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J.Scott Applewhite / AP

A quiet but consequential battle for staff and cash has begun among ambitious Democrats with their eyes on the 2020 presidential race. The party is likely to start with a bigger field — perhaps much bigger — than the unwieldy Republican batch that produced Donald Trump as the nominee.

  • Our conversations with well-wired Democrats produced a list of three dozen names that range from possible to plausible to probable. Other potential candidates seem certain to emerge, based on who looks strong after the 2018 midterms.
  • Several have begun to actively talk to potential staff members, and a few more have put out feelers, according to Democrats familiar with the conversations.
  • It's of course unlikely that whoever we're buzzing about 1,159 days before the election ("Bullish on Bullock!") will be the correct answer.

Breaking the potential candidates into formal tiers at this point would be silly. But here are groupings that emerged with our conversations with veterans of past Democratic presidential campaigns, as well as younger operatives likely to be involved in the 2020 campaign:

  • Watched most closely: Sen. Elizabeth Warren (Mass.), Sen. Bernie Sanders (Vt.), Sen. Cory Booker (N.J.), Sen. Kirsten Gillibrand (N.Y.), Sen. Kamala Harris (Calif.), New York Gov. Andrew Cuomo.
  • The classics: Joe Biden, John Kerry, Al Gore, former Maryland Gov. Martin O'Malley.
  • Outsiders: New Orleans Mayor Mitch Landrieu, Los Angeles Mayor Eric Garcetti, Washington Gov. Jay Inslee, Colorado Gov. Hickenlooper
  • Has begun seeking staff: Montana Gov. Steve Bullock, Sen. Chris Murphy (Conn.), Rep. Tim Ryan (Ohio).
  • Many in Obamaworld like: former Massachusetts Gov. Deval Patrick, Rep. Seth Moulton (Mass), former Missouri SecState Jason Kander.
  • Many in Clintonworld like: Virginia Gov. Terry McAuliffe, former Ag Secretary and Iowa Gov. Tom Vilsack, former HUD Secretary Julian Castro.
  • Possible if wins reelection: Sen. Sherrod Brown (Ohio).
  • Wants to be mentioned: Sen. Amy Klobuchar (Minn.).
  • Wild cards: Sen. Al Franken (Minn.), Rhode Island Gov. Gina Raimondo, New York Mayor Bill de Blasio, Rep. John Delaney (Md.).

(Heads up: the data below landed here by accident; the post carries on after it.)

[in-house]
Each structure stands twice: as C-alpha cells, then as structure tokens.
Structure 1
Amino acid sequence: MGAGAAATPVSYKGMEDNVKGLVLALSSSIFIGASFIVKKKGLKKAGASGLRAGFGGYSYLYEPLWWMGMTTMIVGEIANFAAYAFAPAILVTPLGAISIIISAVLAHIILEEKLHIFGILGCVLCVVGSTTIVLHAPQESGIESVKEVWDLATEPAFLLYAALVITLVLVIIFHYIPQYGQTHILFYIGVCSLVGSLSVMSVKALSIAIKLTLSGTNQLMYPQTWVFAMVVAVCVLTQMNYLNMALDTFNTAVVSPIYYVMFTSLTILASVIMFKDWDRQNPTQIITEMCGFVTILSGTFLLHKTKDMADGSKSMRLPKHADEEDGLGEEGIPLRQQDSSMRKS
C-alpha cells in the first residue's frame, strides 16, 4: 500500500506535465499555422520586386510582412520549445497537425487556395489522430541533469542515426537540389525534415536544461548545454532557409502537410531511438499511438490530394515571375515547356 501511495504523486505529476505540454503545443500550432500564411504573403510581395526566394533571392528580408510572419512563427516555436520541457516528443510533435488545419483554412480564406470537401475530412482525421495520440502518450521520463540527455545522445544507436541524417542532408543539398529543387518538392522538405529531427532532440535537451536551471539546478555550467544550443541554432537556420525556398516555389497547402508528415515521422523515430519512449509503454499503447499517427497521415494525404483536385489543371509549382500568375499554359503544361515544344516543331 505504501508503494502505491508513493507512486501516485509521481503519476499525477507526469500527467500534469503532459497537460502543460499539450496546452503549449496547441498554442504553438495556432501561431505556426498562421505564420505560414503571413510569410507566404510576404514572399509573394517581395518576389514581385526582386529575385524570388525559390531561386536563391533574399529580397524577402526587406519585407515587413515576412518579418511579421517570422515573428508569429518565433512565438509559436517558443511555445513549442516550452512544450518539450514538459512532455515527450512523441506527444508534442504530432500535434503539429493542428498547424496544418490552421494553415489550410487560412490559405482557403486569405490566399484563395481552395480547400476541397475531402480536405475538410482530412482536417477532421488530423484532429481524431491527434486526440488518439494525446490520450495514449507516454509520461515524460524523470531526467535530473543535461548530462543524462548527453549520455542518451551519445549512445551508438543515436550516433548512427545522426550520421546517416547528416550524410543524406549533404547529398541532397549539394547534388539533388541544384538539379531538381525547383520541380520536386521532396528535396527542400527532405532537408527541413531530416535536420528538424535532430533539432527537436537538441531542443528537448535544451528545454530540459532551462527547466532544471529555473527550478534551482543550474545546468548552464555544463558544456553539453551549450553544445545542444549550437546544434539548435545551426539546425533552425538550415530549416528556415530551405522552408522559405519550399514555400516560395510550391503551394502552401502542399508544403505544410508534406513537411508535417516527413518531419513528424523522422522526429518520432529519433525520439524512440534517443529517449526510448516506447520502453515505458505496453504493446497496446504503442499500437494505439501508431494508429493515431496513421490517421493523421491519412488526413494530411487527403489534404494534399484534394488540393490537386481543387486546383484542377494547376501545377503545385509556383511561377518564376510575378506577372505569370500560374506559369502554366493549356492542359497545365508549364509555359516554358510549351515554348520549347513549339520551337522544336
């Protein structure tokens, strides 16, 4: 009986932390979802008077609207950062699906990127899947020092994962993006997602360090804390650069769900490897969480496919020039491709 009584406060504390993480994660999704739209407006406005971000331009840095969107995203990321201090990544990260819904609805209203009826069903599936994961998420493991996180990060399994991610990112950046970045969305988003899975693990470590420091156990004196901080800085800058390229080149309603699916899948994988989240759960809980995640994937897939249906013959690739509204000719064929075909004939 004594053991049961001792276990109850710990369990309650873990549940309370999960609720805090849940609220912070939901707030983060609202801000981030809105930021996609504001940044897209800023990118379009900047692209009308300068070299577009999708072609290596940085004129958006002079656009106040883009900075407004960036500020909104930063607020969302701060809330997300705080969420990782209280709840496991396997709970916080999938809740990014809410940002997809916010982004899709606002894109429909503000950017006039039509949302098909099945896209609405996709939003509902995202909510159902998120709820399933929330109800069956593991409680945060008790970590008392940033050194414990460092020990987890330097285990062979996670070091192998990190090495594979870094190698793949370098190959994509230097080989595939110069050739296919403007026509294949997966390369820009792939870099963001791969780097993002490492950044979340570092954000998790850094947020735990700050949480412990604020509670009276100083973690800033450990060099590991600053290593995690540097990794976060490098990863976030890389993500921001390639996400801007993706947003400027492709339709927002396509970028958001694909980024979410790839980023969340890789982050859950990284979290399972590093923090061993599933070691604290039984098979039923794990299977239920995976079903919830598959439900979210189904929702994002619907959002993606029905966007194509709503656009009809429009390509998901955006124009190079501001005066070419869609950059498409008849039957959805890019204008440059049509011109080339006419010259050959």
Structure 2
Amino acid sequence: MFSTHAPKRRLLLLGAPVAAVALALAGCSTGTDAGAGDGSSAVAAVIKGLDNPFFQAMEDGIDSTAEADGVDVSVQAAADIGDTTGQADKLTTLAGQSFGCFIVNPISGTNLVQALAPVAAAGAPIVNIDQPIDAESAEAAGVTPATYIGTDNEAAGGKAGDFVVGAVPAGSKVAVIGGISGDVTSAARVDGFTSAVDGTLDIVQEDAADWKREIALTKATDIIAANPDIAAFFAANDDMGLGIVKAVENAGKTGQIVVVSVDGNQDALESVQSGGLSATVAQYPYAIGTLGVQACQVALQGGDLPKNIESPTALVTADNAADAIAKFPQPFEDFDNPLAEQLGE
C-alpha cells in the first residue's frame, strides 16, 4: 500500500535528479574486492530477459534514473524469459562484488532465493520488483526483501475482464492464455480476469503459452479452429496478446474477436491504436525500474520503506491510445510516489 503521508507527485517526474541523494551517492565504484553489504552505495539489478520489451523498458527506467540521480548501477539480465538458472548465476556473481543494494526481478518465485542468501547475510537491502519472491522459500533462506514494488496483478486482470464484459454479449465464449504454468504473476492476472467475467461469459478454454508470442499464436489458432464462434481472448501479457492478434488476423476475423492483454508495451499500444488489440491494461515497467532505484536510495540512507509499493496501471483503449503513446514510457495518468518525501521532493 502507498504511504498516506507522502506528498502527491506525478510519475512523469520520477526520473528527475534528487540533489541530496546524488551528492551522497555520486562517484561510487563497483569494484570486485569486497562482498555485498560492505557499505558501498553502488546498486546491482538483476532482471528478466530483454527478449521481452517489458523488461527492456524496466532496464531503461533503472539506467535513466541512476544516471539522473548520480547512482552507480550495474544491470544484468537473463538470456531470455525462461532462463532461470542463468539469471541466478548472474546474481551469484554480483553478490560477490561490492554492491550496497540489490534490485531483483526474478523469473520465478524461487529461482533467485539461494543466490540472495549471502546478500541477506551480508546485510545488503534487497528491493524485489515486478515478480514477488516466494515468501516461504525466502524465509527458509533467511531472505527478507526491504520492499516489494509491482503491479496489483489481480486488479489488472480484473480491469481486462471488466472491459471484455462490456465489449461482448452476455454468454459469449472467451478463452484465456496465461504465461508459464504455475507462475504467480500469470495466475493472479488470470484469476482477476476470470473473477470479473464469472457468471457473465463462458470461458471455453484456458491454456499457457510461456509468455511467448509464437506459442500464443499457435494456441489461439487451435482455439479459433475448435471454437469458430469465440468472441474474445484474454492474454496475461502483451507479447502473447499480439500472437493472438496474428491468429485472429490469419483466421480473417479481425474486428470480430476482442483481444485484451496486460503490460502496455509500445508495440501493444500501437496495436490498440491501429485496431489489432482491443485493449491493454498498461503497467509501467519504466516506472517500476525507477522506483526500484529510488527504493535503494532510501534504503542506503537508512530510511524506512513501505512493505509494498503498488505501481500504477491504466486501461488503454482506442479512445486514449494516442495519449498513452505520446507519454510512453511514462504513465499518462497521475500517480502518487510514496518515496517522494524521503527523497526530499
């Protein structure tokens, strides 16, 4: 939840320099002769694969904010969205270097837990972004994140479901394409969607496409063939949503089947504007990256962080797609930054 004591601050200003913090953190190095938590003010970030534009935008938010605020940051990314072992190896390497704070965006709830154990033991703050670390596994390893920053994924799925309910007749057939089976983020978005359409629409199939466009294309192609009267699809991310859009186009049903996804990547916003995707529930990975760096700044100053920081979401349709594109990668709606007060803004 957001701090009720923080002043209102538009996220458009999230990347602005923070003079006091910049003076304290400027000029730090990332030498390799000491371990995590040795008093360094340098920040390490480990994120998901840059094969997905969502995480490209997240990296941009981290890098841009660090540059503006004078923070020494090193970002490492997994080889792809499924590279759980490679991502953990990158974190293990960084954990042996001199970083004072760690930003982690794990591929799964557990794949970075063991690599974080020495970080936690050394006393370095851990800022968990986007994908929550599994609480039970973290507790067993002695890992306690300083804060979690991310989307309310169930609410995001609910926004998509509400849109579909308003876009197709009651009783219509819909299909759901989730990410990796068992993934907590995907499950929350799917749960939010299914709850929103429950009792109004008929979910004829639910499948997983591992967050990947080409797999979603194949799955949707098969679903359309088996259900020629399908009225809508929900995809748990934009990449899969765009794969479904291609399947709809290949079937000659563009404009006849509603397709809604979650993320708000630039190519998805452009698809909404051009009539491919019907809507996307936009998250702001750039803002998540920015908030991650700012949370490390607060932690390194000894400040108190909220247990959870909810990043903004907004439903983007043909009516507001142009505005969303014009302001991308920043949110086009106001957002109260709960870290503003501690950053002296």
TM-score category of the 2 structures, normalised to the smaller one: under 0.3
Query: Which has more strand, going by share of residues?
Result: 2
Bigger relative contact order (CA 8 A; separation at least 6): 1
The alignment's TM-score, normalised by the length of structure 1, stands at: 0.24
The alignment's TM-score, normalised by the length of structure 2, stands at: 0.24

• Non-politicians: Facebook COO Sheryl Sandberg, Mark Cuban, The Rock, Starbucks Executive Chairman Howard Schultz, Disney CEO Bob Iger, Oprah, George Clooney.
  • Someone Trump would have no idea what to do with, and who'd win women with authenticity and Southern charm: Sally Yates, the acting attorney general fired by Trump.

Be smart: A huge challenge for Democrats is that the energy, action and money are on the left (the Warren-Sanders wing). But winning in 2020 will require winning over working-class, more centrist voters who helped put Trump in office. Anybody who doesn't spend their weekdays in Washington is likely to have an advantage, so watch the governors and others who can run as outsiders against the incumbent GOP.

  • Who'd we miss? In Axios AM, we'll periodically update this list and refine the categories. If you know someone who has begun working it, or have an idea about a candidate who'd be strong, shoot me a note at mike@axios.com. We'll share the most worthy thoughts in AM.
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Go deeper

Bryan Walsh, author of Future
1 hour ago - Politics & Policy

Axios AM Deep Dive: America’s murder surge

Photo illustration: Sarah Grillo/Axios. Photo: Erik McGregor/LightRocket via Getty Images

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Senate Democrats target billionaires

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After failing to get a deal on other planned tax increases, key Senate Democrats are pivoting to a billionaires' income tax to pay for President Biden's social spending.

The big picture: No advanced economy has attempted anything similar on such a scale.

Anti-abortion activists' Supreme Court dreams are coming true

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This is the moment the conservative legal movement has been building toward for decades: The solidly conservative Supreme Court is about to hear two major abortion cases within a month of each other.

Why it matters: All of this is likely to end with significant new restrictions on abortion and a clear path for Republican-led states to win the next big abortion cases, too — the culmination of a long and bitter fight for control of the judiciary.